Deadly Blast: Lawmakers Demand Answers, But Already Know Operator Abuse of Process Threatens Miner Protections

Lawmakers from West Virginia and beyond are vowing to get to the bottom of Monday’s coal mine explosion that has left 25 dead. But just weeks ago, Congress was told how overzealous appeals of mine safety cases by mine operators threaten significant safety improvements that have been made in recent years.

The governor of West Virginia described as “horrific” the blast within the coal mine in tiny Montcoal, W.Va., which is owned by Massey Energy and reportedly has been the subject of 50 citations.

Sen. Jay Rockefeller (D-W.Va.) promised to be on-site Tuesday during the rescue-and-recovery endeavors. “And I will demand answers. We will leave no stone unturned in determining how this happened and in taking action for the future,” says Rockefeller, chairman of the Senate Commerce Committee.

Across the Capitol, Reps. George Miller and Lynn Woolsey made a similar guarantee. The chairman of the House Education and Labor Committee, and chairwoman of the panel’s workforce protections subcommittee, respectively, the California Democrats released a joint statement regarding the blast at the Upper Big Branch Mine.

“Over the past few years, we have met too many family members who have suffered the tragic loss of loved ones in a mine disaster. On behalf of the committee, we promised them that we would do everything we could to learn the cause of these tragedies and to keep miners safe. Today, we extend this same promise to the families and community dealing with a devastating loss,” the statement says.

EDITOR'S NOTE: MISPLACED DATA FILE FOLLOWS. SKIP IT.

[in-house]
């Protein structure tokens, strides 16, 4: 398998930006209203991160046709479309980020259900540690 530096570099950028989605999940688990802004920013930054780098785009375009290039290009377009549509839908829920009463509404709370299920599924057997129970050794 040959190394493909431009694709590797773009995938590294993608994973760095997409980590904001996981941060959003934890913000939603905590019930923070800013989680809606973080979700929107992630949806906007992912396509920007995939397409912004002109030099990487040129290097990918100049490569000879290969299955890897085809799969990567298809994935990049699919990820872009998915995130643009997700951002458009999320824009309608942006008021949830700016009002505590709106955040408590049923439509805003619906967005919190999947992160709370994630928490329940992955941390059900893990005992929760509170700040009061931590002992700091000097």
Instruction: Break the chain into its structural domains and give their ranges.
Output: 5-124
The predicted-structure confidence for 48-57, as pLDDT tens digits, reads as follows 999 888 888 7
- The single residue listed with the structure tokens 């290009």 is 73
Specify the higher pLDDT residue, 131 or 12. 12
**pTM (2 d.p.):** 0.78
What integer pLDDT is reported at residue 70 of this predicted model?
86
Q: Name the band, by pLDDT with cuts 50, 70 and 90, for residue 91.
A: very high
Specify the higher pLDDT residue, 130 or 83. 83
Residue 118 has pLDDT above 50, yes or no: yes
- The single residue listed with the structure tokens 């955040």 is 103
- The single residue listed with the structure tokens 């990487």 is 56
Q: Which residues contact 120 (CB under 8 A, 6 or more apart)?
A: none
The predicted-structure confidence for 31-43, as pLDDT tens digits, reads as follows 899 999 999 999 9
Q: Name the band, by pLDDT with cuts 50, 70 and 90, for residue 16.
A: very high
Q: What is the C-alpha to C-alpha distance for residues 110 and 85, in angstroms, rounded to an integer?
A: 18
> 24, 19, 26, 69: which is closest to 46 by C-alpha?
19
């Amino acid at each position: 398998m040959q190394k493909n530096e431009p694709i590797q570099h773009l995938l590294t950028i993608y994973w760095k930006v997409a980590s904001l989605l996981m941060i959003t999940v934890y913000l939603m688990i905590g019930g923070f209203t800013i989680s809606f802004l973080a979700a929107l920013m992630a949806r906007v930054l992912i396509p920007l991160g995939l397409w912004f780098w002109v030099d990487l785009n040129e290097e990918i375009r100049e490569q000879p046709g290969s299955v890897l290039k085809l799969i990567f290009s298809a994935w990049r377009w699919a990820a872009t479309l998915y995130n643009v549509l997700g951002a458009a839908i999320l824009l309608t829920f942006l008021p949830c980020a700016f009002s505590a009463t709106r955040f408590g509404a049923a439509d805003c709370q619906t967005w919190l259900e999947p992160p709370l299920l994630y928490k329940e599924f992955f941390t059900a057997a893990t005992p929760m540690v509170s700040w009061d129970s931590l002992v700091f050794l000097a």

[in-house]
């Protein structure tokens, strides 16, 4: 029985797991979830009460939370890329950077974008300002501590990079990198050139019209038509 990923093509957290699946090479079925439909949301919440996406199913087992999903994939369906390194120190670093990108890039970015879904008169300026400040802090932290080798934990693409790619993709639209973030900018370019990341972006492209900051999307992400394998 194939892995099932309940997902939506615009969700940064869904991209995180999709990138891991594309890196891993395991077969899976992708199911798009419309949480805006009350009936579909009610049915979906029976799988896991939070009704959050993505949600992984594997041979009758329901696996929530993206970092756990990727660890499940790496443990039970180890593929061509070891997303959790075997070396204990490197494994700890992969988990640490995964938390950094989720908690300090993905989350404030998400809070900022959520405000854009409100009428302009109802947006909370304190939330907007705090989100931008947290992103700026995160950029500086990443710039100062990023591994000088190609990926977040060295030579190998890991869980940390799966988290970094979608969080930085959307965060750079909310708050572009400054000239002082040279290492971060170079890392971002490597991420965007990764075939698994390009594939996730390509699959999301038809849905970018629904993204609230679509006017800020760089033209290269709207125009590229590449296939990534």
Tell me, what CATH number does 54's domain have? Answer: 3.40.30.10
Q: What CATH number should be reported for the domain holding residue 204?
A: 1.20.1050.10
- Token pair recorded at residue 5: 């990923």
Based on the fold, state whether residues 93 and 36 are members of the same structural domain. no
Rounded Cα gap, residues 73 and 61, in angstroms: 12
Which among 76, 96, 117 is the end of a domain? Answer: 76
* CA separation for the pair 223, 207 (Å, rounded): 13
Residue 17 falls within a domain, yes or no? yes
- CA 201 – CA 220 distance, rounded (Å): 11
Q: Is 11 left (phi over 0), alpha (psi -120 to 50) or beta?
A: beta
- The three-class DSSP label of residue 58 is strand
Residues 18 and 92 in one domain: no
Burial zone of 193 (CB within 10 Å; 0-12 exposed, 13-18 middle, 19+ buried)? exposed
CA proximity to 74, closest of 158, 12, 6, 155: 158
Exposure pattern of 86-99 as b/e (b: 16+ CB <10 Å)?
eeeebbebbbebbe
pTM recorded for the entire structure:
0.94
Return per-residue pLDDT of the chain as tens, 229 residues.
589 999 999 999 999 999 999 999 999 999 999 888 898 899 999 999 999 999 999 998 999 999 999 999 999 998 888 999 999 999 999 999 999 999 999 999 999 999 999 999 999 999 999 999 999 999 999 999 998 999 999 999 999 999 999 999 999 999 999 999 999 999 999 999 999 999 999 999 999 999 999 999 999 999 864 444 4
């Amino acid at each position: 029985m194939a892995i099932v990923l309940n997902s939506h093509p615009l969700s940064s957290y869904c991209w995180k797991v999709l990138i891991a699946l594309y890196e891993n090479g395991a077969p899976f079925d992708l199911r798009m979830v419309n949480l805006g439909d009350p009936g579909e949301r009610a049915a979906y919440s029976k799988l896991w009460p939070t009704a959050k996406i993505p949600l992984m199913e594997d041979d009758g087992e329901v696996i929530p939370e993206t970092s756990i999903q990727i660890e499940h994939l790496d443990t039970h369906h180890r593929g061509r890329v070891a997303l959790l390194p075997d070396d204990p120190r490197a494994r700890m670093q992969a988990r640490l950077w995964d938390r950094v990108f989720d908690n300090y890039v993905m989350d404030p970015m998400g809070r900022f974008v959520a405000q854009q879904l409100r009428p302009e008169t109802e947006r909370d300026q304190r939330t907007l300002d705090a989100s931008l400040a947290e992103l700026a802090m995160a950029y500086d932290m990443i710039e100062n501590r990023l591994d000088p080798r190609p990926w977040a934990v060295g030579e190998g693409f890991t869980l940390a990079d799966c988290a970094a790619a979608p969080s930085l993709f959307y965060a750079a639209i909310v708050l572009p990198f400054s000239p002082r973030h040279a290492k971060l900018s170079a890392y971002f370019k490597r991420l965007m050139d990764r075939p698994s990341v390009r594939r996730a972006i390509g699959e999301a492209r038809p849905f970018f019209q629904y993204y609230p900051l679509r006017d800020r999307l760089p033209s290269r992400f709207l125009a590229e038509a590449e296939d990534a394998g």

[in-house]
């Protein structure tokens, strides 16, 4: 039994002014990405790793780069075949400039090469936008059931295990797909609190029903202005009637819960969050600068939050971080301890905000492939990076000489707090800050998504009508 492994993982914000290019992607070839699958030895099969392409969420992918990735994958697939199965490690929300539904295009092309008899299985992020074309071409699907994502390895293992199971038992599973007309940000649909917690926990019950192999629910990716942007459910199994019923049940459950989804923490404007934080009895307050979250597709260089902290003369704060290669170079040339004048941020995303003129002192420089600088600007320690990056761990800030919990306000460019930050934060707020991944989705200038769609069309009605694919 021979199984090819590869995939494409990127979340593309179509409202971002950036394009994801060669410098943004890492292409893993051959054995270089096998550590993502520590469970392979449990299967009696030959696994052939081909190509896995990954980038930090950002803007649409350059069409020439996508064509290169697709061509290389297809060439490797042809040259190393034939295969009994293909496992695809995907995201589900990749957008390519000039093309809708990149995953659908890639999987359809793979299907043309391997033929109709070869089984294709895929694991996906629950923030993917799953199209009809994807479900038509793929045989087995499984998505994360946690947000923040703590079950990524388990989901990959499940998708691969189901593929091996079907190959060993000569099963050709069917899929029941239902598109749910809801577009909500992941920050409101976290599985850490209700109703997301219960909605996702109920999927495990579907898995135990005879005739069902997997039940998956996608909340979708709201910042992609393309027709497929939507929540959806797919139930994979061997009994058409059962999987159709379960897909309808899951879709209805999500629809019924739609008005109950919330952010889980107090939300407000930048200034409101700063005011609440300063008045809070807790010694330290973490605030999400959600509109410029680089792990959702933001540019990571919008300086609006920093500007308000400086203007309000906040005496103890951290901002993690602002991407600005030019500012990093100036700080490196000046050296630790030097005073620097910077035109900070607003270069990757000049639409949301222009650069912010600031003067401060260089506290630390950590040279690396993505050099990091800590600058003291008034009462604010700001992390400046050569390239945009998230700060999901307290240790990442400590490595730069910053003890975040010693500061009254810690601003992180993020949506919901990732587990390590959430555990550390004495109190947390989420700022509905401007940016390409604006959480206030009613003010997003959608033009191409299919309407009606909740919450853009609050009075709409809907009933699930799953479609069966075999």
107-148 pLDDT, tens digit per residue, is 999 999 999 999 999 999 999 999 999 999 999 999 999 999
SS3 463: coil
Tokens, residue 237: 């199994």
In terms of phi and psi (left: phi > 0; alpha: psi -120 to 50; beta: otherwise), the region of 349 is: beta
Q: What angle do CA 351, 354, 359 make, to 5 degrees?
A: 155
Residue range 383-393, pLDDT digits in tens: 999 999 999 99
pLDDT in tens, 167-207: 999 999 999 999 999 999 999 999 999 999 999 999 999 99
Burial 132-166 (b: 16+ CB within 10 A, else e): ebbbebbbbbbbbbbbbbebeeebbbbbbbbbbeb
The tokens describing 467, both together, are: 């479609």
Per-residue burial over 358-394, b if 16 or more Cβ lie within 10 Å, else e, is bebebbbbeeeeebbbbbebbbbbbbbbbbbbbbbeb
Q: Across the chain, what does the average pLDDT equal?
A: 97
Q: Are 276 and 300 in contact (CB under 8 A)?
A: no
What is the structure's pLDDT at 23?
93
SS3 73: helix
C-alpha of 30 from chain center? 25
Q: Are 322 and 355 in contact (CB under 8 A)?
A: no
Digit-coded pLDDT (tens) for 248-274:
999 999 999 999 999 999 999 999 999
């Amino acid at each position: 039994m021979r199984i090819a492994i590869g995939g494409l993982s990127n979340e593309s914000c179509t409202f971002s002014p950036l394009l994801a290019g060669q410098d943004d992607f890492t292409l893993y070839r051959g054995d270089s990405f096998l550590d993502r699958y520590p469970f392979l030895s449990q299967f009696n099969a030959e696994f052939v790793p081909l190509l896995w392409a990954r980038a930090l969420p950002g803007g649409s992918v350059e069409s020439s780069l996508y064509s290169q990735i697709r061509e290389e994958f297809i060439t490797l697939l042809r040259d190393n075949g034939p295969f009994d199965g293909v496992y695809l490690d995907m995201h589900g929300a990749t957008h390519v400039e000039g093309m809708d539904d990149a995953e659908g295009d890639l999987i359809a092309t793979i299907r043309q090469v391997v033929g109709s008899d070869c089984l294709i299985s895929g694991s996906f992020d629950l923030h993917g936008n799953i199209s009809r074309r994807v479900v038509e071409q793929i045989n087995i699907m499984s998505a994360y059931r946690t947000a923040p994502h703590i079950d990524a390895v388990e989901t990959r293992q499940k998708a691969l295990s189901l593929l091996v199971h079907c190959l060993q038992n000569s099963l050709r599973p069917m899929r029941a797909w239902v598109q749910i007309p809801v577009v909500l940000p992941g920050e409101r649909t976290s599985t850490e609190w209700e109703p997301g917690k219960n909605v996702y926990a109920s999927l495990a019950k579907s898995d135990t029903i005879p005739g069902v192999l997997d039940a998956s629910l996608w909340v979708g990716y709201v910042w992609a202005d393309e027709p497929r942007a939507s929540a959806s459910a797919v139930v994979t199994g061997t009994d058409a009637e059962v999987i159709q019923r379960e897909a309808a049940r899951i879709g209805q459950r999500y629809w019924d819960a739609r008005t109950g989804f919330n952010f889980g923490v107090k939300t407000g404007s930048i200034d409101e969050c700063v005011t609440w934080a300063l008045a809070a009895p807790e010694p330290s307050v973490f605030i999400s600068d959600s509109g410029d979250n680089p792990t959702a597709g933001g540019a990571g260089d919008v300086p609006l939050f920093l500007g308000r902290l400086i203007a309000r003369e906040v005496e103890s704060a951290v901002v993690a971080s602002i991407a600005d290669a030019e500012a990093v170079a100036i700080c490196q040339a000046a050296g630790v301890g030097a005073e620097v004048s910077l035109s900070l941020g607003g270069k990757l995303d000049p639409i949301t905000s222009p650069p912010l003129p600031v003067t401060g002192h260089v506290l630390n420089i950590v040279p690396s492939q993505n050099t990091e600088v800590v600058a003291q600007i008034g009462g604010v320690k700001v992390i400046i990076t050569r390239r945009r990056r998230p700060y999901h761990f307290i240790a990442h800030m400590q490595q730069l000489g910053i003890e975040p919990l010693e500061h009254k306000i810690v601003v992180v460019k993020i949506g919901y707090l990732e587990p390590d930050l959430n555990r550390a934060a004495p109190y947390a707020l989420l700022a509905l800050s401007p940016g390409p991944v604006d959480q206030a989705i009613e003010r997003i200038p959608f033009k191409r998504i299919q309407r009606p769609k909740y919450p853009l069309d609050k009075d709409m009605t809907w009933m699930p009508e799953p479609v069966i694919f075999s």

“Working with the Department of Labor and the federal Mine Safety and Health Administration, we intend to look into this tragedy and convene hearings at the appropriate time. However, the only job that matters right now is the job of reaching trapped miners while limiting, as much as possible, the risk to those brave rescuers,” the statement adds.

As recently as February, however, Miller’s committee received warnings about a growing backlog in mine safety cases due to recalcitrant mine owners who are appealing many more decisions in the face of stepped-up enforcement.

Mine safety inspections are up, as are citations and fines, Miller noted at that February hearing.

“This stronger emphasis on safety is saving lives and reducing injuries,” he said at the time. “In 2006, 76 miners died on the job. In 2009 that figure was reduced to 35 fatalities – still 35 deaths too many, but a record low.”

Such vigorous safety enforcement, however, has prompted mine operators mine owners to triple the number of violations they appeal and are now litigating 67 percent of all penalties. The backlog of cases that the Federal Mine Safety and Health Review Commission must review has jumped from 2,100 in 2006 to approximately 16,000 today.

Delays from growing appeals are undermining the Mine Safety and Health Administration’s ability to impose tougher penalties on repeat violators, Miller contends.

“If cases are stuck for months or years at the Review Commission, MSHA cannot impose stronger penalties for the worst mine operators,” he says. “As a result, miners’ lives are in the crosshairs. MSHA tells us that 48 mines with more than 6,000 miners would likely face tougher sanctions if not for the holdup at the Review Commission. Mine operators can be subject to progressively steeper fines or even shut down if cited multiple serious health and safety violations. And that’s the way it should be.”

The Obama administration has proposed hiring additional administrative law judges to chip away at the backlog, but more must be done, Miller said in February.

The publisher of the news site On The Hill, Scott Nance has covered Congress and the federal government for more than a decade.

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